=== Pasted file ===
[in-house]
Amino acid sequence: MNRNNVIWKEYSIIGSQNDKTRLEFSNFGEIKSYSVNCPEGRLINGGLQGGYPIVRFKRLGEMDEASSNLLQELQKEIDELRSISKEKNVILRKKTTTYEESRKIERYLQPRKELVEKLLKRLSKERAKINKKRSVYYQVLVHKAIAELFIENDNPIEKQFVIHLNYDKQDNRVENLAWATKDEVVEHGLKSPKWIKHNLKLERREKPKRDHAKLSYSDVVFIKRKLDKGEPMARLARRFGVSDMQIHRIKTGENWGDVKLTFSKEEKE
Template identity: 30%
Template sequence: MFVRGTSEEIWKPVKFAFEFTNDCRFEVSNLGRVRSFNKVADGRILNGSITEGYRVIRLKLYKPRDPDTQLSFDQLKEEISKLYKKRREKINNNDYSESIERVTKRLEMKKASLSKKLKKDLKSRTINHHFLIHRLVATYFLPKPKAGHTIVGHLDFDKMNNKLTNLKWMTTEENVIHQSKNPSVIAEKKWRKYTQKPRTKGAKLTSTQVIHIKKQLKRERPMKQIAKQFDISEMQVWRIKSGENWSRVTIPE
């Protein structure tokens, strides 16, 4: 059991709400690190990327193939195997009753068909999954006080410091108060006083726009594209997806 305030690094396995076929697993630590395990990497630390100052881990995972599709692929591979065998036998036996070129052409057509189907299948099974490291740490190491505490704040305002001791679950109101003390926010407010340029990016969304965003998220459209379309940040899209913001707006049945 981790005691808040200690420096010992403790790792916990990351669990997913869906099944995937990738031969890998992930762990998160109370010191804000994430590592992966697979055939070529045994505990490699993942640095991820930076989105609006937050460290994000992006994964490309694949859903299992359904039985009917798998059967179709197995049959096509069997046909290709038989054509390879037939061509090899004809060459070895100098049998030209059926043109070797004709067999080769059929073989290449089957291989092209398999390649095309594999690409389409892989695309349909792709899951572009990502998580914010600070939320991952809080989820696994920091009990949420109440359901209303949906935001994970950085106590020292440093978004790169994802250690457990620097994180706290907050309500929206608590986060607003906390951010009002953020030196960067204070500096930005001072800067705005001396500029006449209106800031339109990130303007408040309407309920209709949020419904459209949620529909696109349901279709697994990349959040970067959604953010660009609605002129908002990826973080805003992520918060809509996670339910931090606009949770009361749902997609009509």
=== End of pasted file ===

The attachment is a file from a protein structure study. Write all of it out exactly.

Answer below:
[in-house]
Amino acid sequence: MNRNNVIWKEYSIIGSQNDKTRLEFSNFGEIKSYSVNCPEGRLINGGLQGGYPIVRFKRLGEMDEASSNLLQELQKEIDELRSISKEKNVILRKKTTTYEESRKIERYLQPRKELVEKLLKRLSKERAKINKKRSVYYQVLVHKAIAELFIENDNPIEKQFVIHLNYDKQDNRVENLAWATKDEVVEHGLKSPKWIKHNLKLERREKPKRDHAKLSYSDVVFIKRKLDKGEPMARLARRFGVSDMQIHRIKTGENWGDVKLTFSKEEKE
Template identity: 30%
Template sequence: MFVRGTSEEIWKPVKFAFEFTNDCRFEVSNLGRVRSFNKVADGRILNGSITEGYRVIRLKLYKPRDPDTQLSFDQLKEEISKLYKKRREKINNNDYSESIERVTKRLEMKKASLSKKLKKDLKSRTINHHFLIHRLVATYFLPKPKAGHTIVGHLDFDKMNNKLTNLKWMTTEENVIHQSKNPSVIAEKKWRKYTQKPRTKGAKLTSTQVIHIKKQLKRERPMKQIAKQFDISEMQVWRIKSGENWSRVTIPE
């Protein structure tokens, strides 16, 4: 059991709400690190990327193939195997009753068909999954006080410091108060006083726009594209997806 305030690094396995076929697993630590395990990497630390100052881990995972599709692929591979065998036998036996070129052409057509189907299948099974490291740490190491505490704040305002001791679950109101003390926010407010340029990016969304965003998220459209379309940040899209913001707006049945 981790005691808040200690420096010992403790790792916990990351669990997913869906099944995937990738031969890998992930762990998160109370010191804000994430590592992966697979055939070529045994505990490699993942640095991820930076989105609006937050460290994000992006994964490309694949859903299992359904039985009917798998059967179709197995049959096509069997046909290709038989054509390879037939061509090899004809060459070895100098049998030209059926043109070797004709067999080769059929073989290449089957291989092209398999390649095309594999690409389409892989695309349909792709899951572009990502998580914010600070939320991952809080989820696994920091009990949420109440359901209303949906935001994970950085106590020292440093978004790169994802250690457990620097994180706290907050309500929206608590986060607003906390951010009002953020030196960067204070500096930005001072800067705005001396500029006449209106800031339109990130303007408040309407309920209709949020419904459209949620529909696109349901279709697994990349959040970067959604953010660009609605002129908002990826973080805003992520918060809509996670339910931090606009949770009361749902997609009509």